Friday, October 19, 2007

New cultural icon for Jakarta

After a sluggish opening, the second installment of Java Jazz (JJ) Festival ended on Sunday night on a high note, with artists turning in some of the event's most memorable performances before entertainment-hungry crowds.

The absence of a noteworthy music festival in the capital prompted music fans to swarm the JJ venue, Jakarta Hilton Convention Center, helping to cement the festival's reputation as a must-see live event for years to come.

During the three-day festival, concertgoers enjoyed a rare delight that comes only once a year, in the form of numerous shows mounted by top-notch local and international artists, such as Bubi Chen, Indra Lesmana, Tower of Power and Patti Austin. Not a single show was left unattended, with even filler shows staged by little-known performers enjoying a huge turnout.

Shows from headlining acts such as Patti Austin, Bob James, and Kool & the Gang -- aside from one staged by Tower of Power on the opening day -- were unquestionably a full house, given the performers' marketable names. One notable, if heartwarming instance from the festival is that almost all shows by Indonesian performers were not only sold out but were also met with the warmest of receptions from the crowd, indicating that homegrown music has finally found a home in the country.

Collaborations between local musicians like Harvey Malaiholo, heartthrob Marcello Tahitoe or Ello, and international performers such as American saxophonist Michael Lington and jazz guitar guru Lee Ritenour bore evidence of the abundance of promising talent from local artists. One of the most promising locals is Berklee Music School graduate Nial Djuliarso. Jazz purists and cognoscenti made a beeline for the icy-cold Femina Lounge in the depths of the festival venue Sunday evening.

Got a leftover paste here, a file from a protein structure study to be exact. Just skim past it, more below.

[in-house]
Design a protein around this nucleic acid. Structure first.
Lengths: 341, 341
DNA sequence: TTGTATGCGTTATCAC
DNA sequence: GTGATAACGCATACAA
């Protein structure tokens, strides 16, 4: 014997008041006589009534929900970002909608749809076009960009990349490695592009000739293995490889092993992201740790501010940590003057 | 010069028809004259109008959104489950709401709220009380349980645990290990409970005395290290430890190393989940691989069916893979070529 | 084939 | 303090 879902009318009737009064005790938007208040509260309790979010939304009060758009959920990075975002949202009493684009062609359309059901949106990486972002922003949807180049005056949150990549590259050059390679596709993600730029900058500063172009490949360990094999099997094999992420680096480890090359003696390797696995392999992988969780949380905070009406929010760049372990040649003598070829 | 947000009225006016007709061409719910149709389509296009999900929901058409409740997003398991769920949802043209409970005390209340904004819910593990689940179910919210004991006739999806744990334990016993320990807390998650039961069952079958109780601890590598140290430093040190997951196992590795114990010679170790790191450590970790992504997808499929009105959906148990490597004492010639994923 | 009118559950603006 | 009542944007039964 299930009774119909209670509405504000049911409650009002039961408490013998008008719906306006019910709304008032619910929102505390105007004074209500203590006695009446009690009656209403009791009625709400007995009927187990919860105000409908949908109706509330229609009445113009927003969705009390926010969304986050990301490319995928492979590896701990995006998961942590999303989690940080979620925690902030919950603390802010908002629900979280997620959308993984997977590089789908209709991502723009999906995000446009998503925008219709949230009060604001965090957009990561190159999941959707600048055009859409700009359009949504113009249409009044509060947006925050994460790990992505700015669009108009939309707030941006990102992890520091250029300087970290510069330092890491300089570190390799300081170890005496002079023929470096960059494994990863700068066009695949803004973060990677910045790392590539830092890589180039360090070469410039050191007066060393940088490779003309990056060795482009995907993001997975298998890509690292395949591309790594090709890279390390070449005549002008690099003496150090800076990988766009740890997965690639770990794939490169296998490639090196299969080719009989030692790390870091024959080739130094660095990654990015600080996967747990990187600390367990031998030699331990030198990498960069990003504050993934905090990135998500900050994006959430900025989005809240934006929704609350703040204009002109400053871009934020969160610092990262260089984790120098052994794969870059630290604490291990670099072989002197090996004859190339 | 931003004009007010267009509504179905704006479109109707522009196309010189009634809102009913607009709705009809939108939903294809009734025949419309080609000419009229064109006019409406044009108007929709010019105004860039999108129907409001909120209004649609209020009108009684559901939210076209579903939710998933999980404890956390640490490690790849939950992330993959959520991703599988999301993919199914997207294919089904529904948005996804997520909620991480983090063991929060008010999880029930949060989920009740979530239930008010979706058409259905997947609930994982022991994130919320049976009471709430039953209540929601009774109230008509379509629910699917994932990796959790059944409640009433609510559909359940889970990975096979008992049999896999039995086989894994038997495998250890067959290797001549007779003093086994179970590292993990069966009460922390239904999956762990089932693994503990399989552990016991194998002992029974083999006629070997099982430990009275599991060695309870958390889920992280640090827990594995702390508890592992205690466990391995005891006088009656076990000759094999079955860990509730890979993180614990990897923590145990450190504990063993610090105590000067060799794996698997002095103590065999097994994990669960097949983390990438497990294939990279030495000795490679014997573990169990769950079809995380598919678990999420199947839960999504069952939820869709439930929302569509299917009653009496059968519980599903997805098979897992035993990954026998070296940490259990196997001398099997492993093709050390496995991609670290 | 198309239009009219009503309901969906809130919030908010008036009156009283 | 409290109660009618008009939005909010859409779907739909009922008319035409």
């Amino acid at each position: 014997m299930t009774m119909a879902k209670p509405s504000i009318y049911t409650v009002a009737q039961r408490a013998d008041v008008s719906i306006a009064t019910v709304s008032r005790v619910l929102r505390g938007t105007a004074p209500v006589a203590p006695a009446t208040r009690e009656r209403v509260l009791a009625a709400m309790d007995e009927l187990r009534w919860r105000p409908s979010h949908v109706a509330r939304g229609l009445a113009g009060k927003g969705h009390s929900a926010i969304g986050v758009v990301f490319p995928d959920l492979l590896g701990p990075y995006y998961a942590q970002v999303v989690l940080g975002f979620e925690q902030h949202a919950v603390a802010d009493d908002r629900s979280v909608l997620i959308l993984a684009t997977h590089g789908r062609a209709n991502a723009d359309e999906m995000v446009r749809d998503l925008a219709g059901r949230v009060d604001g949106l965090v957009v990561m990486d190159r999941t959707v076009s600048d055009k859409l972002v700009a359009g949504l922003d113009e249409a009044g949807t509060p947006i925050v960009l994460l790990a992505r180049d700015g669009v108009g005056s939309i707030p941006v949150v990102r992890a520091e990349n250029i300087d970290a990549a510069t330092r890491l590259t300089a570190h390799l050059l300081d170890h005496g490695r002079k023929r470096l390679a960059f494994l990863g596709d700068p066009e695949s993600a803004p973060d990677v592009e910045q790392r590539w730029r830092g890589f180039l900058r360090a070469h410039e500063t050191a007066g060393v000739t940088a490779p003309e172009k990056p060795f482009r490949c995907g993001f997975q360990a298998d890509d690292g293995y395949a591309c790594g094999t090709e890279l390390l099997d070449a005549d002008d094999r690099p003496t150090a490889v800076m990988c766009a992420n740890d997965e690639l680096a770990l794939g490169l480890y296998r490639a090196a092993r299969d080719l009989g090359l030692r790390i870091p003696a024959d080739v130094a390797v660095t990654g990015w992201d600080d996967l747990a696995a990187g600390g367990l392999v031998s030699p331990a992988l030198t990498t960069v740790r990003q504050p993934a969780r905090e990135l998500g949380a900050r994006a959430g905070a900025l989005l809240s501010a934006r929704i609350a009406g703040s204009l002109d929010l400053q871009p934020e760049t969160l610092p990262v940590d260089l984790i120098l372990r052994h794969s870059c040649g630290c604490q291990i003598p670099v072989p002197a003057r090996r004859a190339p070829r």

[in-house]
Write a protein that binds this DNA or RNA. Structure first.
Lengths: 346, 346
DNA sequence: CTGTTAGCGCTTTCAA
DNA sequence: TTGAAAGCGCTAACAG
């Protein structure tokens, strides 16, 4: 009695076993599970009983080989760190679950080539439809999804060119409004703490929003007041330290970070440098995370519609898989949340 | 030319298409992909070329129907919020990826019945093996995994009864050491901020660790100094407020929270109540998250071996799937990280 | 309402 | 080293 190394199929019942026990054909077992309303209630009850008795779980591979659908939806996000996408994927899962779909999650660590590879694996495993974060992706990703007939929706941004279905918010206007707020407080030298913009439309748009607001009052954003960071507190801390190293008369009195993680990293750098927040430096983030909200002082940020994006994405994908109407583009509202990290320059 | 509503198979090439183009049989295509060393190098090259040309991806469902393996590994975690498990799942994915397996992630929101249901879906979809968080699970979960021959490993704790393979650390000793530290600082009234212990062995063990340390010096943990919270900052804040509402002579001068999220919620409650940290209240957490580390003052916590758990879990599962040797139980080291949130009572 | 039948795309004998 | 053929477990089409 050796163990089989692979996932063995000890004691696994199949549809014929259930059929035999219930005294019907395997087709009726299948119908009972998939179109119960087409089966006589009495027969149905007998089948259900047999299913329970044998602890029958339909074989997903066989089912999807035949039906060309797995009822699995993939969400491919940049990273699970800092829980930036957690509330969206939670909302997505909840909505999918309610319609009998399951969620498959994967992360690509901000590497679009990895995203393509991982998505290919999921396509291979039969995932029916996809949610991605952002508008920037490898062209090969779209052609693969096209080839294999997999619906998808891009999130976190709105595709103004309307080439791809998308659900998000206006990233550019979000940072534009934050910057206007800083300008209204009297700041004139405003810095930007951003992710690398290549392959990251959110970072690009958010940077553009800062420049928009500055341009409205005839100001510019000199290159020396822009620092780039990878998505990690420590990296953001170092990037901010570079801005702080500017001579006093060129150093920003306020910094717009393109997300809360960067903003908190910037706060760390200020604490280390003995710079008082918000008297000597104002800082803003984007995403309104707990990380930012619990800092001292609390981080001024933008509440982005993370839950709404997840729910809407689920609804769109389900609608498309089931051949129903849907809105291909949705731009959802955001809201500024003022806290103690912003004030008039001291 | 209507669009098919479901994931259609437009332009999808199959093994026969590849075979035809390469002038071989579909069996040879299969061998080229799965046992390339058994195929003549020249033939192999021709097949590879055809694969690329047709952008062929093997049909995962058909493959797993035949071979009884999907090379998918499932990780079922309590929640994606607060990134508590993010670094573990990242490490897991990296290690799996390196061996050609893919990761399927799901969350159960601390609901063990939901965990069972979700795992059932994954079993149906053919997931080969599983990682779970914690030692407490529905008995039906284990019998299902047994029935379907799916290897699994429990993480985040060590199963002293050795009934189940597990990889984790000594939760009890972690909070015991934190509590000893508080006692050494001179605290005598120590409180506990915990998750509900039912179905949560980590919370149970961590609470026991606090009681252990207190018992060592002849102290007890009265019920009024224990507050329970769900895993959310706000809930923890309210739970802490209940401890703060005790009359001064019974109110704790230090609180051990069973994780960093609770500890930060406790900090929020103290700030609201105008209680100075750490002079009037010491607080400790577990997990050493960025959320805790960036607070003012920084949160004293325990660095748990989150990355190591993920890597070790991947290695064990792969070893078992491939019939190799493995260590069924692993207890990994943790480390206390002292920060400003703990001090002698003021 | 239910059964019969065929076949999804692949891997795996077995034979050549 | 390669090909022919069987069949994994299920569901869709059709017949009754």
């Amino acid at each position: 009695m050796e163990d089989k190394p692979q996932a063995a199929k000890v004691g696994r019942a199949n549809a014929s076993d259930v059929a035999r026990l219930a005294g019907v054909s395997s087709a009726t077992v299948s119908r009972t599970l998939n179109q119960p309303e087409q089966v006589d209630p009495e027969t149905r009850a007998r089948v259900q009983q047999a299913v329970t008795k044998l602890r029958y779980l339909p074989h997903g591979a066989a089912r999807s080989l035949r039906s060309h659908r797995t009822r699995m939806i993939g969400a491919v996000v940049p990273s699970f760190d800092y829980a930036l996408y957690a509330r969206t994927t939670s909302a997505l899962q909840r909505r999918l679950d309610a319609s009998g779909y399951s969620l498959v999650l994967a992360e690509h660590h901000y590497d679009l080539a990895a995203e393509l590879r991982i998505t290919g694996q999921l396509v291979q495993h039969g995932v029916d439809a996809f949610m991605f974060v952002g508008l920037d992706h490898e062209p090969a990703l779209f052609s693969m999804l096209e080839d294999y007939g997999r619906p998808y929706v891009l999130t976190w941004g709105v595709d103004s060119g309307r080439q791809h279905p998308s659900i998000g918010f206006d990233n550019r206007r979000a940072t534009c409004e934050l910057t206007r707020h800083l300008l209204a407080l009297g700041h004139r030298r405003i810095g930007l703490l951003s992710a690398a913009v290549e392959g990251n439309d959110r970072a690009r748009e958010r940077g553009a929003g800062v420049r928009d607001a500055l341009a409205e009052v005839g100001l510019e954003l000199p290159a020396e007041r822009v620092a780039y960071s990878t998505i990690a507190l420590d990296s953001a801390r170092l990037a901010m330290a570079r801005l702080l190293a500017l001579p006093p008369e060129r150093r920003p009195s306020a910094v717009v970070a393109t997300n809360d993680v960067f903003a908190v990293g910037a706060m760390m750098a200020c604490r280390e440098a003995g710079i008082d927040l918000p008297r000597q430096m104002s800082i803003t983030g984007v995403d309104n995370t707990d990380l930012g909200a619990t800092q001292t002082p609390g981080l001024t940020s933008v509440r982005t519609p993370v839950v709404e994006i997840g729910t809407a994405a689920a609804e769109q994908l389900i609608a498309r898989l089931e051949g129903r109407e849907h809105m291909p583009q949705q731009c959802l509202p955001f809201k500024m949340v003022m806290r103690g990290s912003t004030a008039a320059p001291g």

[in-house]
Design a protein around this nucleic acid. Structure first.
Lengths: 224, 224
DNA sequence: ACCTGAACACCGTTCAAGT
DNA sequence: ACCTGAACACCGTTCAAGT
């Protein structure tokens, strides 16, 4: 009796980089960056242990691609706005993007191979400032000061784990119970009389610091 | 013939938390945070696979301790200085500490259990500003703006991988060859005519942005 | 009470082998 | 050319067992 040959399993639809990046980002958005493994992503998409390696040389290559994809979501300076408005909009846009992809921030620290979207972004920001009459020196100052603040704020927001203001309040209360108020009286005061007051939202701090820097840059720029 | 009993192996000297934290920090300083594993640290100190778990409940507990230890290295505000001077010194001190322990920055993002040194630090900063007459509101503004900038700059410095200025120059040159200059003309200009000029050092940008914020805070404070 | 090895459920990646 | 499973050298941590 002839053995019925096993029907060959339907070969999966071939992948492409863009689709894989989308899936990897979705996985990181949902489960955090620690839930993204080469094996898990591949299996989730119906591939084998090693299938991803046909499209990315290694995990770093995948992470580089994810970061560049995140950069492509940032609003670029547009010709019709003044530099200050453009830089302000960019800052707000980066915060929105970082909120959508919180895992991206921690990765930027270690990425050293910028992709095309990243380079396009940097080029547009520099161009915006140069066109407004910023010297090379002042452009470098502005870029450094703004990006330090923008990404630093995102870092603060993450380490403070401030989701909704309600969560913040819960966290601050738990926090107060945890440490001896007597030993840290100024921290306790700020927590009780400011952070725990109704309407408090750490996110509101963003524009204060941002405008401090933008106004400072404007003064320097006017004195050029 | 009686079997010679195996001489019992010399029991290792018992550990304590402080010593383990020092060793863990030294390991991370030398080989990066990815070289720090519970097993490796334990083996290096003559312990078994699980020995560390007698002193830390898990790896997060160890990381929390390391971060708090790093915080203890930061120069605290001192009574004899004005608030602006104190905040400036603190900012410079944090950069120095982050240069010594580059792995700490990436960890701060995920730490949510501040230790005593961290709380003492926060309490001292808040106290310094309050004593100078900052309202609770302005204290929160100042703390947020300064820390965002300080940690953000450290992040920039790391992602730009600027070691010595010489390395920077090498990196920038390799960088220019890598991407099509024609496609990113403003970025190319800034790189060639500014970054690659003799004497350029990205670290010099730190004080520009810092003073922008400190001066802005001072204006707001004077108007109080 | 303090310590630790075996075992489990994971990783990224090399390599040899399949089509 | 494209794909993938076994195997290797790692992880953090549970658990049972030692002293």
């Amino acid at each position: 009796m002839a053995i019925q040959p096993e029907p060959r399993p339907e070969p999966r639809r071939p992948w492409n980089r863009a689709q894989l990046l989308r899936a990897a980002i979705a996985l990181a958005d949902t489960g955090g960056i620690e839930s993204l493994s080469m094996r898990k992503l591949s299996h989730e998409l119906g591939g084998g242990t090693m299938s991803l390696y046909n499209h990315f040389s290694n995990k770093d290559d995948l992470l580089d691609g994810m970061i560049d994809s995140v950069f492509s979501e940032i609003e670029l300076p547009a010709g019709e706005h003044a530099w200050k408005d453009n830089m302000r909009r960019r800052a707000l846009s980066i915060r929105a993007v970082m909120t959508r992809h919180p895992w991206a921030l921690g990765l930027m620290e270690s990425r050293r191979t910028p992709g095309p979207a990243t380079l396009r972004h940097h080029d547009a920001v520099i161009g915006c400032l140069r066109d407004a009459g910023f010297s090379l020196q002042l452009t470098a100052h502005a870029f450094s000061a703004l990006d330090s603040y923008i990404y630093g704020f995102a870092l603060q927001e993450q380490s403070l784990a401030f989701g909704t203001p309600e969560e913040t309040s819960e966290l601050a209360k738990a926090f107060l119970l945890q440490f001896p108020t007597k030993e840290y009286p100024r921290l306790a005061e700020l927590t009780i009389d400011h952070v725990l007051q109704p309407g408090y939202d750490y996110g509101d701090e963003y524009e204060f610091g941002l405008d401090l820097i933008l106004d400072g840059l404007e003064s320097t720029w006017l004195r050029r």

One of the last acts on, the Nial Djuliarso piano trio, with Donny Sunjoyo (double-bass) and Zulham (drums) was a real treat that cast away the katabatic gloom with musical warmth and light. Playing a mix of jazz standards and his own compositions on a piano that was slightly out of tune (despite the frantic efforts of a hapless tuner immediately beforehand) Nial and the boys showed a highly appreciative audience what the essence of jazz was all about: intelligent ensemble playing, exquisite solos (especially some extended drum work by Zulham) and genuinely creative improvisation.

A highlight of the gig was some revelatory improvisations on melodies from Indonesian composer Ismail Marzuki. The up-tempo numbers were notably exhilarating, with superb musicianship displayed by all concerned.

JJ organizers deserve kudos for going that extra mile to turn the event into what it became, including the provision of superb sound systems, but the jazz audience must surely deserve the most praise for refusing to let anything come between themselves and a good show. They booed Governor Sutiyoso when he delivered a speech after a Daniel Sahuleka show, appearing to reject any possibility of the heavy hand of bureaucracy spoiling their fun.

Taking a cue from the crowd's warm reception, festival director Paul Dankmeyer considered JJ 2006 a success and promised to stage another one next year. "We hope that from the experience we have gained from two festivals we can stage an even better event next year," told Dankmeyer optimistically. (M. Taufiqurrahman)

The Jakarta Post, March 07, 2006

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